BEEF bits

Jan 13, 2012
by WLJ

Cargill posts weak second quarter

Cargill Inc. reported $100 million in earnings from continuing operations for its fiscal 2012 second quarter. That’s an 88 percent decrease in earnings, from $832 million for the same period a year ago, but a 17 percent increase in revenues from $28.5 billion in fiscal 2011. Cargill’s meat businesses altogether “experienced one of their weakest quarters,” Cargill Chairman and CEO Greg Page said in a news release. Specifically, the company noted, the shrinkage in U.S. fed cattle supplies pressured margins in beef, while other meat units faced higher raw material costs. Cargill recently announced a worldwide layoff of about 2,000 employees.

JBS making changes

JBS is halting exports of beef products from its Argentinian facilities in order to focus on domestic sales, local chief executive officer Artemio Listoni said in a recent interview with Bloomberg. Listoni also confirmed earlier media reports that it is closing its plant in the city of Venado Tuerto and laying off its 500-plus employees. JBS plans to reduce exports to one-third of total sales in Argentina this year, down from about half of total sales two years ago. The remaining two-thirds of sales will go to the domestic market, he added. The Venado Tuerto plant primarily exported meat products and its business “became inviable,” Listoni affirmed. “We decided to close it because it wasn’t making money.” JBS’ plants in the cities of Rosario, Pilar and Pontevedra are still in operation and there are no plans for additional closures, he said. Pill for listeria prevention Modified probiotics, the bacteria that plays a role in digestive health, may one day decrease the risk of listeria infection in people with susceptible immune systems, according to the latest Purdue University research. The same listeria protein that allows the bacteria to pass through intestinal cells and into bloodstreams may help block those same paths when added to a probiotic, researchers found. “Based on the research, it looks very promising that we would get a significant reduction in listeria infections,” said Arun Bhunia, a professor of food science whose findings were published this month in the journal PLoS One.

Egg producers seek national standards

United Egg Producers (UEP) is coming under fire from other animal agriculture groups for its efforts to set a national standard for the treatment of layers. The organization has enlisted Rep. Kurt Schrader, D-OR, to introduce legislation that would set the national standard based on an agreement reached last July between UEP and the Humane Society of the United States. Other national livestock organizations are concerned that if a national animal welfare standard is approved for the egg industry, similar standards for their animal species would not be far behind. UEP says they need a national standard to forestall the possibility of individual states writing many differing standards. That argument may help persuade other groups that it may be better to work with the U.S. Congress to address animal welfare issues at the national level than to battle it out at state houses across the country.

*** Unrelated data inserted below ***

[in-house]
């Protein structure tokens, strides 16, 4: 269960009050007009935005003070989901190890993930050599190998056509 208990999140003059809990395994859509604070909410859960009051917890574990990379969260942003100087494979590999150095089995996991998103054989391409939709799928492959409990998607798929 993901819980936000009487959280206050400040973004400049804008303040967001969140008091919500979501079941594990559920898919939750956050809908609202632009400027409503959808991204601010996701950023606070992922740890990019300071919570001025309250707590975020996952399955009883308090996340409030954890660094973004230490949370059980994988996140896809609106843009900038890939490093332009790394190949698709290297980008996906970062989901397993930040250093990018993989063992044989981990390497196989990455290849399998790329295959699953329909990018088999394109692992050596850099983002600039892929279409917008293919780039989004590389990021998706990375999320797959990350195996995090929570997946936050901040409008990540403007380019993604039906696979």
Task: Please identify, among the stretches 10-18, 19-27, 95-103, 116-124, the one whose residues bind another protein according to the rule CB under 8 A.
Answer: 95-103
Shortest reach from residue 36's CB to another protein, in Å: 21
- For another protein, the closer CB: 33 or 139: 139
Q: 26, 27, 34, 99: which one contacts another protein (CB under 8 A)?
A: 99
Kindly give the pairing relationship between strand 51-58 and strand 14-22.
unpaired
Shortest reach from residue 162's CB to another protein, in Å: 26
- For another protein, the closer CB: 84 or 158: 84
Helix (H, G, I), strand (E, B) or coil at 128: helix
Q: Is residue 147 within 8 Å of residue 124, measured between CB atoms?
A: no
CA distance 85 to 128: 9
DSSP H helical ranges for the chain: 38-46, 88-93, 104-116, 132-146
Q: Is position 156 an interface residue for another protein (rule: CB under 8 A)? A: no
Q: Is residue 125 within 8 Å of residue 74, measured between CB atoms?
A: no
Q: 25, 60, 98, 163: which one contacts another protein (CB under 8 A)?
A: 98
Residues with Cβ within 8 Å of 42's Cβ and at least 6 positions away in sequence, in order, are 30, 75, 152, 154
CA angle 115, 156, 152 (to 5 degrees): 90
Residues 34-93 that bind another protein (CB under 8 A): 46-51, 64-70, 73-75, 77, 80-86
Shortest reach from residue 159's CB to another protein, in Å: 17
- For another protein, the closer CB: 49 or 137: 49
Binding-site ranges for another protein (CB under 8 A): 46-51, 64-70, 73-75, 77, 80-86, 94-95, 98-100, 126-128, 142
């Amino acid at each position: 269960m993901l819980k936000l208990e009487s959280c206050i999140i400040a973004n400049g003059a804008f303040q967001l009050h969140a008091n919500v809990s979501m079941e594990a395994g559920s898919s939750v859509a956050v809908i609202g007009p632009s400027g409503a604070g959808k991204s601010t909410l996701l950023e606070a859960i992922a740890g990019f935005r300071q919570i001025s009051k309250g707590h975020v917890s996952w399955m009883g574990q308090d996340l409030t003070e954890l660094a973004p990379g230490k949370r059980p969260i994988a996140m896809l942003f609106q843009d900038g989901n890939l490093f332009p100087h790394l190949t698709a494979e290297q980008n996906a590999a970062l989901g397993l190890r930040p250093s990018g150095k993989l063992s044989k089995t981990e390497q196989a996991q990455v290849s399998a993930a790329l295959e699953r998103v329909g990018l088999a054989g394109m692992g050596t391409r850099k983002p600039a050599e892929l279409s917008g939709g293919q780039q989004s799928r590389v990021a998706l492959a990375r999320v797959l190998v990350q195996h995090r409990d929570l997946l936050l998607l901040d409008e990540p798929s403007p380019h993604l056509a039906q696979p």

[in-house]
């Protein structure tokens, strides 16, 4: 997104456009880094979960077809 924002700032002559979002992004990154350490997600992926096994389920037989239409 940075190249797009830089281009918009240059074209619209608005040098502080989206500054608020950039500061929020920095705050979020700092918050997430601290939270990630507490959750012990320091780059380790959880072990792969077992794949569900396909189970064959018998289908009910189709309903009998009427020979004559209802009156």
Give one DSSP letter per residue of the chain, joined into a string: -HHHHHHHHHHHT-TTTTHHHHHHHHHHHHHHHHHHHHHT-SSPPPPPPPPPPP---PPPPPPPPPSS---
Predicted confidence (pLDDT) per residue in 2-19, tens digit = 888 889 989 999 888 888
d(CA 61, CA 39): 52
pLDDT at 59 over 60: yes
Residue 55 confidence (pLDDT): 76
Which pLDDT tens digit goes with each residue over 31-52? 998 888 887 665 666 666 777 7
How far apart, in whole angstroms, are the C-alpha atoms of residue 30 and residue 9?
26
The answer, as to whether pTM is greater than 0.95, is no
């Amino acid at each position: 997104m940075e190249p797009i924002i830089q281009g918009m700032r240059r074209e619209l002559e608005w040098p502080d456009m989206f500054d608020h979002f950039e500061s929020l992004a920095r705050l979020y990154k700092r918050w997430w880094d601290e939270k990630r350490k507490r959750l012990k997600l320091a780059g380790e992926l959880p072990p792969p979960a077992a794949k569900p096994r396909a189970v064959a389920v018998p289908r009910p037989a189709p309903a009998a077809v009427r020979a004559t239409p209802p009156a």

Federal tax subsidy end hits E85

The federal 45-cent-per-gallon tax credit that oil companies had been receiving in return for blending ethanol with gasoline ended Dec. 31, 2011. Since the credit was on a per-gallon basis, its termination is affecting the price of E85 (85 percent ethanol and 15 percent gasoline) to a far greater extent than the price of the more usual E10 blend. According to press reports, the price of E85 has jumped approximately 40 cents per gallon in the past week as a result of the loss of the tax credit, making it now nearly as expensive as 100 percent gasoline; however, because it is not as “energy dense” as gasoline, E85 produces only 75 percent to 85 percent of the miles per gallon delivered by gasoline.

Indiana CFO regulations

Indiana’s impending revised regulations for confined feeding operations and nutrient application have put an even greater emphasis on nutrient management in the state, says Purdue Extension dairy specialist Tamilee Nennich. The new regulations take effect July 1 and apply to both medium- and large-scale operations. “Some of the new things producers need to pay attention to include requirements for manure application rates that will be based on soil phosphorus levels,” Nennich said. “Producers need to do soil tests to determine phosphorus levels.” The updated regulations state that soil phosphorus levels on cropland where manure will be applied cannot exceed 200 parts per million, as opposed to old rules that were based on the nitrogen needs of the next planted crop. A seven-year phase-in period is included to provide producers a chance to adjust to the new soil phosphorus application standard. Another change producers need to be aware of involves the application of manure to frozen or snow-covered soils. “The requirements state that applying manure to frozen or snow-covered ground is no longer going to be allowed for most operations,” Nennich said.